The U.S. soccer team is enjoying its greatest success in 80 years, but the hunt to bring America the World Cup goes far beyond the next two weeks in South Africa.
Even as the national squad prepares to play Ghana on Saturday, U.S. soccer officials are racing to secure the country's bid to host the World Cup in 2018 or 2022. Leading the charge is Sunil Gulati, president of the U.S. Soccer Federation and chairman of the USA Bid Committee.
In that role, he coordinates efforts to convince the bigwigs of FIFA that the U.S. and not Japan, Qatar, Russia or eight other countries deserve to get the nod. A final decision will be made Dec. 2. In the meantime, win or lose in Johannesburg, Gulati will be focused on one goal.
"My job is to convince people to vote for us," said Gulati from South Africa, where he has been since before the tournament began. "It's a hectic time."
To do that, he does a lot of traveling and a lot of schmoozing — and isn't afraid to call on powerful friends for help. That was in evidence Wednesday in Pretoria when President Bill Clinton, who happens to be honorary chairman of the bid committee, sat next to FIFA's head, Joseph "Sepp" Blatter.
Although the pair allegedly discussed healthcare and education, the subtext was all too obvious. After all, Clinton wasn't the first president to bend Blatter's ear of late. Last July, Blatter was a guest of President Obama at the White House, where the basketball playing commander in chief talked of playing soccer as a child in Indonesia. And even as the World Cup began, Blatter was visited by Vice President Joe Biden.
And it's not just presidents. The U.S. may not yet have its own Lionel Messi or Cristiano Ronaldo on the field, but it does have luminaries such as Governor Arnold Schwarzenegger, New York City Mayor Michael Bloomberg, former Secretary of State Henry Kissinger and the voice of God himself, actor Morgan Freeman.
None may be more qualified for the job than Gulati, who has been integral to the rebirth of American soccer over the past two decades and was involved in the winning U.S. bid to land the 1994 World Cup. He subsequently headed the organizing committee for that event, which by some metrics including 3.6 million in attendance, has been judged the most successful of all time.
Unlike the last bid, which was run on a shoestring, Gulati said he has an $8-million to $10-million budget to work with this time, as well as a far more established national soccer infrastructure.
The rewards could be huge. One study showed that the economic impact of the 1994 World Cup on the city of Los Angeles was over $620 million, compared with $180 million from the 1994 Super Bowl in Atlanta. It's estimated that the current World Cup will bring in some $21 billion to host South Africa.
If the U.S. is selected to host the event again, it would join an elite list of countries to have held the World Cup more than once: Germany, France, Italy and Mexico. Another, Brazil, will play repeat host in 2014.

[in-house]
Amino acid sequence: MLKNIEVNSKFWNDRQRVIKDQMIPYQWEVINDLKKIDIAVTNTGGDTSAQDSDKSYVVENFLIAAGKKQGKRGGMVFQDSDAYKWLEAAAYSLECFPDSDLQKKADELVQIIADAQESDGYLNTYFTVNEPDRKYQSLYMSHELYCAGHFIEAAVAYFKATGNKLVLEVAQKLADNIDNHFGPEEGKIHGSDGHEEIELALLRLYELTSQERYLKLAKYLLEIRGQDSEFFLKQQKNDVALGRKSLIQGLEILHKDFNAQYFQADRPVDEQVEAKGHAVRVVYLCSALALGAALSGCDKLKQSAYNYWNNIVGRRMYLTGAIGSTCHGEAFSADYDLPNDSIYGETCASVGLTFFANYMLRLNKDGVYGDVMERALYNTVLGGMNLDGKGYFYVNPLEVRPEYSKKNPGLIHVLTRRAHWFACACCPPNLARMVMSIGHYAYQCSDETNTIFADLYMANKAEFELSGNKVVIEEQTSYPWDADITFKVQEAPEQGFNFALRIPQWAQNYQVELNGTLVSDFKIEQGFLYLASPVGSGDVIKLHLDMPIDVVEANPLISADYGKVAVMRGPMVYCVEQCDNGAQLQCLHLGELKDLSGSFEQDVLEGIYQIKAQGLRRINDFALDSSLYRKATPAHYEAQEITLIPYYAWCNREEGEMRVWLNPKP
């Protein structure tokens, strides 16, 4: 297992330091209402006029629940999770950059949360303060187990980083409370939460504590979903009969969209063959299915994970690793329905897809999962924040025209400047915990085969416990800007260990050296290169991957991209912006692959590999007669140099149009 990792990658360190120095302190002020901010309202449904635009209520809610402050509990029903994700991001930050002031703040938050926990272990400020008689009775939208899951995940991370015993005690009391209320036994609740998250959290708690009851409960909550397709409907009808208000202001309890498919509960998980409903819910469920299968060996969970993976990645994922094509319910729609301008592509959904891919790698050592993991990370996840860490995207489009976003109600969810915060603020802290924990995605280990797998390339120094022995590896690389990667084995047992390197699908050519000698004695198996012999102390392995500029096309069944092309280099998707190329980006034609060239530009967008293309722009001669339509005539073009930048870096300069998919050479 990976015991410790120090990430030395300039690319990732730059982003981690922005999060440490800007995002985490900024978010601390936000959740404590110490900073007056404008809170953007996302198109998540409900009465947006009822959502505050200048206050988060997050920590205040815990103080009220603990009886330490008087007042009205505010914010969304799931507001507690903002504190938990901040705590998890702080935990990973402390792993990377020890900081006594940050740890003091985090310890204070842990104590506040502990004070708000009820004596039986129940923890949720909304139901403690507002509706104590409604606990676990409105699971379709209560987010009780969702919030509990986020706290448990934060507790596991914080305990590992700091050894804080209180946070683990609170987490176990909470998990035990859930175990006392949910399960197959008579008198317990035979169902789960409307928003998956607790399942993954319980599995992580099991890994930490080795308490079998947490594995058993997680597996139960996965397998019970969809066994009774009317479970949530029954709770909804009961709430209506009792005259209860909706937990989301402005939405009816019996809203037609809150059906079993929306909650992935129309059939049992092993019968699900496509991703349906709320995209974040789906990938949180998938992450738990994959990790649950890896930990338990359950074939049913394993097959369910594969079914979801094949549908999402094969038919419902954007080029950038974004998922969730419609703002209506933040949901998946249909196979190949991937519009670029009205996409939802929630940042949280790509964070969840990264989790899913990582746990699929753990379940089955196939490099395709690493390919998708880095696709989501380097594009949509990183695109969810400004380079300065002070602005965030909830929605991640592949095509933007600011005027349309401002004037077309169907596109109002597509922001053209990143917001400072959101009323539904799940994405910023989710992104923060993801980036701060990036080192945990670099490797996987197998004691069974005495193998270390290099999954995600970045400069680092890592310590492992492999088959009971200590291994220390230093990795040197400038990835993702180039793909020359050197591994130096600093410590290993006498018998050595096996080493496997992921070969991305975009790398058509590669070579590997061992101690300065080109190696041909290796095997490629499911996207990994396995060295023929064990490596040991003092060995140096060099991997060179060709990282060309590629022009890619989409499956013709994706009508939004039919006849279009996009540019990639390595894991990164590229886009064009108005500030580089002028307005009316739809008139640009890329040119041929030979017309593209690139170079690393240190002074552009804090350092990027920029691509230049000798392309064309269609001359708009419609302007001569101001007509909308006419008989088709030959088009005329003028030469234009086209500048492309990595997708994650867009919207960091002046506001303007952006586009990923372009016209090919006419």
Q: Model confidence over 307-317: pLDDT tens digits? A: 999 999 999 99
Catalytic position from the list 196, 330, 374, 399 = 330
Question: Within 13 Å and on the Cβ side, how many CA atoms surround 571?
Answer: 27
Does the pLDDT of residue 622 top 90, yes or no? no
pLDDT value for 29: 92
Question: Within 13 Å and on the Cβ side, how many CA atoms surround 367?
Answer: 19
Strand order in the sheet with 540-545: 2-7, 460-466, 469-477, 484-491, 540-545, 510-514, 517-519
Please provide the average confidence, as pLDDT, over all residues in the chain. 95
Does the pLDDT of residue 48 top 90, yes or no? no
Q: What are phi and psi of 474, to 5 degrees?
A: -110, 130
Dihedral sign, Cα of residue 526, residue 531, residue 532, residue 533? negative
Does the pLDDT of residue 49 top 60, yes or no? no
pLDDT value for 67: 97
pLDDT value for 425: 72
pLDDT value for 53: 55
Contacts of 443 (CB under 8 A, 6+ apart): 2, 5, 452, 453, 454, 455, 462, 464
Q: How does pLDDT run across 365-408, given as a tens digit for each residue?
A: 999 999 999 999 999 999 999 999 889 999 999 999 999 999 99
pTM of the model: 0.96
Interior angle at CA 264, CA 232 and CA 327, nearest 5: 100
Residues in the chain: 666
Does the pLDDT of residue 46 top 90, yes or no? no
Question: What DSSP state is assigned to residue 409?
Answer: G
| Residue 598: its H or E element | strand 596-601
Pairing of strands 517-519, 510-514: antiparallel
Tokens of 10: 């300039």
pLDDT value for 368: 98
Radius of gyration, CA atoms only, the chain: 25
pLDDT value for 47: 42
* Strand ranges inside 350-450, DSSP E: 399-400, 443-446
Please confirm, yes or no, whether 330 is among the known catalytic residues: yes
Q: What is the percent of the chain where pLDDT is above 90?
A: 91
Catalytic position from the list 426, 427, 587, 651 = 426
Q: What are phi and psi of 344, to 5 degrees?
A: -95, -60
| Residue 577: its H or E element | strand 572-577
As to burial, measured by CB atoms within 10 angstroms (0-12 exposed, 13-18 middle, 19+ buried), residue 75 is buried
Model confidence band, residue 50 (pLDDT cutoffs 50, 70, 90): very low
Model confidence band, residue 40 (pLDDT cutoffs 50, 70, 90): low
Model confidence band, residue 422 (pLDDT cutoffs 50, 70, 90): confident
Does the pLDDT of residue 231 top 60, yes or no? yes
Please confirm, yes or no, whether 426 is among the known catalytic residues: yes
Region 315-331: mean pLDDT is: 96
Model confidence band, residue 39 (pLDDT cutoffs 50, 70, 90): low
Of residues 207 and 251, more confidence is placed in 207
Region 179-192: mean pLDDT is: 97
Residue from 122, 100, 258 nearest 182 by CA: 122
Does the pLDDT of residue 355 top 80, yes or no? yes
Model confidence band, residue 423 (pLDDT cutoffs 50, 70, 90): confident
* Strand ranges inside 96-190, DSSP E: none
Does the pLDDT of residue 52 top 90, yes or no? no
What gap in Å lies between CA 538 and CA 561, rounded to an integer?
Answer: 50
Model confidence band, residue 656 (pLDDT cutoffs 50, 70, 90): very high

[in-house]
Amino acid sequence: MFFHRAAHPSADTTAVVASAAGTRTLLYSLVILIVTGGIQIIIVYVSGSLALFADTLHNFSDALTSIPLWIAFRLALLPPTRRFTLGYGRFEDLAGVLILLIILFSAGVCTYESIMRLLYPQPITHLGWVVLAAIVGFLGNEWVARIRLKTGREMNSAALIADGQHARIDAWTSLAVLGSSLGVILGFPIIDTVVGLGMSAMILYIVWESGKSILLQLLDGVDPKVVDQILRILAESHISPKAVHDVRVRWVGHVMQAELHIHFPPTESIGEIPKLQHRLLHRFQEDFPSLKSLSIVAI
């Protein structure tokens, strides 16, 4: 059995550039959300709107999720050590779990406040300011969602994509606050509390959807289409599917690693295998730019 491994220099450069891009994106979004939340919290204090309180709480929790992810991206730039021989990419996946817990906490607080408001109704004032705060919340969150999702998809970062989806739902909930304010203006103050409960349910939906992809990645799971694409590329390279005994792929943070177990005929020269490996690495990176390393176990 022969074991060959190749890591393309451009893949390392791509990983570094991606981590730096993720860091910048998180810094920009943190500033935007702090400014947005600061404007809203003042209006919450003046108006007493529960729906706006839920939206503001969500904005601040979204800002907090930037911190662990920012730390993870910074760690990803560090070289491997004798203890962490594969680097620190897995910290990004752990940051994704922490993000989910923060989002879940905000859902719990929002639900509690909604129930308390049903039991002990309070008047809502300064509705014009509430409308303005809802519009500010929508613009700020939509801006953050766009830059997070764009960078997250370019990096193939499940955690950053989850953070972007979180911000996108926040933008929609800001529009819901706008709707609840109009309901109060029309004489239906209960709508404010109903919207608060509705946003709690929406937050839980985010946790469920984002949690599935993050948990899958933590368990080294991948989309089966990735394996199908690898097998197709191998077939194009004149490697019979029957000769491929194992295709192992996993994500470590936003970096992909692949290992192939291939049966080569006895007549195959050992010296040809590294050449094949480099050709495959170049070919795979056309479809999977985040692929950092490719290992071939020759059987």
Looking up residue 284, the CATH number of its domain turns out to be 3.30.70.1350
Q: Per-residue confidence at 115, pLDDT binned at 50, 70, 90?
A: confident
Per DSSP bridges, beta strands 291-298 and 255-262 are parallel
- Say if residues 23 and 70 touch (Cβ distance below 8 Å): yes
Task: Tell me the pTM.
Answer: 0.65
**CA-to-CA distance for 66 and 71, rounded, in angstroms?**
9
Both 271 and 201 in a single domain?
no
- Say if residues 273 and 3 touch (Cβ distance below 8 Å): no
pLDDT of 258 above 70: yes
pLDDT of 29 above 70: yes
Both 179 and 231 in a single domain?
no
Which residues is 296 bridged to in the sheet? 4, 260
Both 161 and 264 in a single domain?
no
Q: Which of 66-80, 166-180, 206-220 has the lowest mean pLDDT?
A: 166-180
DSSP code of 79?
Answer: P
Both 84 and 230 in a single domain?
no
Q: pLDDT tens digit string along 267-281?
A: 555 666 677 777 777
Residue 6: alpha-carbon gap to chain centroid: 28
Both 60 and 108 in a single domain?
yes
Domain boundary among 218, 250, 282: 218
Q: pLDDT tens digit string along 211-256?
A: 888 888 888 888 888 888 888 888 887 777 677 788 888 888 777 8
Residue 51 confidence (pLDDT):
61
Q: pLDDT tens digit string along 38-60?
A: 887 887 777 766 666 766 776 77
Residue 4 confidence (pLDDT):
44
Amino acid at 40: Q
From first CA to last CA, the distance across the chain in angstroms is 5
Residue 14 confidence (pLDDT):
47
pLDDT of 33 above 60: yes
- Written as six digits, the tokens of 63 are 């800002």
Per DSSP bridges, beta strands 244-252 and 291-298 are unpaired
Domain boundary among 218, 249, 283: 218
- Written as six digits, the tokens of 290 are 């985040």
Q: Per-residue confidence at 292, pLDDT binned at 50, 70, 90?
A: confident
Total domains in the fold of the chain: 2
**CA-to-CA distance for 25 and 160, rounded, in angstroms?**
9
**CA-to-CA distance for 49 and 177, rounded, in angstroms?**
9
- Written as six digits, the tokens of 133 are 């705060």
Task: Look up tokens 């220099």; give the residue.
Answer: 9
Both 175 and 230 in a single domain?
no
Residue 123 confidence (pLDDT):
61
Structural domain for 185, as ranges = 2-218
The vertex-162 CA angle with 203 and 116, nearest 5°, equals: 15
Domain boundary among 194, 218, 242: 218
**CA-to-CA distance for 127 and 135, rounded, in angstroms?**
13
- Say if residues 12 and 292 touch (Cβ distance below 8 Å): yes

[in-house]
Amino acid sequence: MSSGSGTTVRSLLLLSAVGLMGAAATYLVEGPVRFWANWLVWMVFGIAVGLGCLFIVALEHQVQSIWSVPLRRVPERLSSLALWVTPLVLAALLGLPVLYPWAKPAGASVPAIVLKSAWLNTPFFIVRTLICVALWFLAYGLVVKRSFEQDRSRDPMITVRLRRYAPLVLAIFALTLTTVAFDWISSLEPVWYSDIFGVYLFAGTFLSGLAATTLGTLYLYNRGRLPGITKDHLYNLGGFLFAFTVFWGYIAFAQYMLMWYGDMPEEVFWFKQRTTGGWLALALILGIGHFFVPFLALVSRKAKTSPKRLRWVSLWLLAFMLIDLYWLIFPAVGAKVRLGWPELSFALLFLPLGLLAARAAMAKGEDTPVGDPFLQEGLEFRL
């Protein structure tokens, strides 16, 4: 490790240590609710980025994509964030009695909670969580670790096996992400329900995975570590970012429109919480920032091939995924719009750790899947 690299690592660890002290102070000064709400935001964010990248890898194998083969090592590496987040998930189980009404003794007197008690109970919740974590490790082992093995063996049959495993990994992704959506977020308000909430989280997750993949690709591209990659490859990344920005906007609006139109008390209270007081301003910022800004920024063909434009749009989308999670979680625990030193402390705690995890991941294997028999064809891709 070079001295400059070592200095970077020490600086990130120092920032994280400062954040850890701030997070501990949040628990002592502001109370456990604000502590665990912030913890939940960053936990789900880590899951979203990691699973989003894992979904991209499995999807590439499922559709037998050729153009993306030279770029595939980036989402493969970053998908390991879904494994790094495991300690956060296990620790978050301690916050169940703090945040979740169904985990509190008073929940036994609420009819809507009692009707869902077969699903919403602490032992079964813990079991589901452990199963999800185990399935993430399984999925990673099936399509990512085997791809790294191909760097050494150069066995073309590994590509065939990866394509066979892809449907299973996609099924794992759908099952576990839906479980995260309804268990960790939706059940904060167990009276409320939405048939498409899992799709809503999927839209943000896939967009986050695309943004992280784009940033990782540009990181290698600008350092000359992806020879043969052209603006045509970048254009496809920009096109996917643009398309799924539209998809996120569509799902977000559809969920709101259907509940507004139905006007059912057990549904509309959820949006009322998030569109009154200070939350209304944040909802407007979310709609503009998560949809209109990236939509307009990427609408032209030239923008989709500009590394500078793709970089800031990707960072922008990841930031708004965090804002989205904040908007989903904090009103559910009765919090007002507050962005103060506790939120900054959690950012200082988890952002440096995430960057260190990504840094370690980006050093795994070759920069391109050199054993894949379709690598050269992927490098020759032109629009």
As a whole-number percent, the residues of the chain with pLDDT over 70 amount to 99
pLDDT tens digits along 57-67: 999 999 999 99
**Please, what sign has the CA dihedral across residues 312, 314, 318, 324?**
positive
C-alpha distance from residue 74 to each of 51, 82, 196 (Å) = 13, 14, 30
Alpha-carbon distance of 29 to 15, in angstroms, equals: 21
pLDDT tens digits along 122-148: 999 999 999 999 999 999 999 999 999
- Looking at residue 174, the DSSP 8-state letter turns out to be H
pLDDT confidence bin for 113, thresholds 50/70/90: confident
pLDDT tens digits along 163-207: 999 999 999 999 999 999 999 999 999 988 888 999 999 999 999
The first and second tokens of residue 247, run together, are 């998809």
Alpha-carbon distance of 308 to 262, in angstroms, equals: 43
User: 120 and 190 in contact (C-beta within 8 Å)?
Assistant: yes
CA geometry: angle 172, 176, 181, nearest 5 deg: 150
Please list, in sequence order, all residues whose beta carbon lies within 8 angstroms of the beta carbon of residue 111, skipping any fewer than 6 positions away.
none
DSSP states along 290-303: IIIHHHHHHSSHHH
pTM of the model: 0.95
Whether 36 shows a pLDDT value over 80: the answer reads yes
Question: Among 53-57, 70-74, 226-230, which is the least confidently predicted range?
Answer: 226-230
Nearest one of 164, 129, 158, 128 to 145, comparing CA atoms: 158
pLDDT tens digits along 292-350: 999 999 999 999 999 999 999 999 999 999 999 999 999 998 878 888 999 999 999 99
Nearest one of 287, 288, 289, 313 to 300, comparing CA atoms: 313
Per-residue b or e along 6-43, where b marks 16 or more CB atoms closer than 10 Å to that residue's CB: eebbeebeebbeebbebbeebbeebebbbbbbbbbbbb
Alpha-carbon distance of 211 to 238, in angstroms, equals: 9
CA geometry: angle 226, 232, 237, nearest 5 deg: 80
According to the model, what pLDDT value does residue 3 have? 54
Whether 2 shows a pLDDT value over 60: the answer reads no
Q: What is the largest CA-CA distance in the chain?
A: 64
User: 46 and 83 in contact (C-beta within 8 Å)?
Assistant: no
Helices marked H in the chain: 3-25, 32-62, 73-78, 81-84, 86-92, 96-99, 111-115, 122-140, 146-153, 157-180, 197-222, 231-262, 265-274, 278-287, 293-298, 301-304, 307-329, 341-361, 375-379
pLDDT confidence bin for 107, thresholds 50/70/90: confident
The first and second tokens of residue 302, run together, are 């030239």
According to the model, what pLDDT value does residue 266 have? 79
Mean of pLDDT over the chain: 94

But with the exception of Mexico, which was chosen as an emergency host when Colombia fell out for the 1986 Cup, all the others had to wait at least three decades to unroll the red carpets a second time.
Despite that, insiders say that the Stars and Bars have an increasingly strong shot. One bidder, Indonesia, dropped out in March. More importantly, Mexico (trying for an unprecedented third World Cup), pulled its bid last September, meaning that the only country in the Western Hemisphere trying for the prize is the U.S.
According to Shawn Hunter, president of Chivas USA of Major League Soccer and a board member of the league, "word is that 2018 is going to Europe and that we'll get 2022."
The European bids come from England, Portugal and Spain in a joint bid, and the Netherlands and Belgium, also in a team effort. Russia also has its hat in the ring.
Already during the World Cup, Blatter has met with a number of representatives from other bidders hoping to win his vote. According to his Twitter feed, he's talked with London Mayor Boris Johnson.
If the U.S. does indeed carry the day, cities including Los Angeles, Miami, New York and Denver would be potential sites for games, likely to take place in football stadiums. The final of the 1994 World Cup was held at the Rose Bowl in Pasadena.
With less than five months until decision time, Gulati has much to do. Just nine days after the South Africa World Cup wraps up, a team of FIFA inspectors will begin roaming the globe to evaluate the bids of each country, checking out facilities and meeting organizers.
And while he awaits the inspection report, there are 25 members of the FIFA Executive Committee that need to learn to smile on the red, the white and the blue.
"We got to convince 13 of them to vote for us," Gulati said.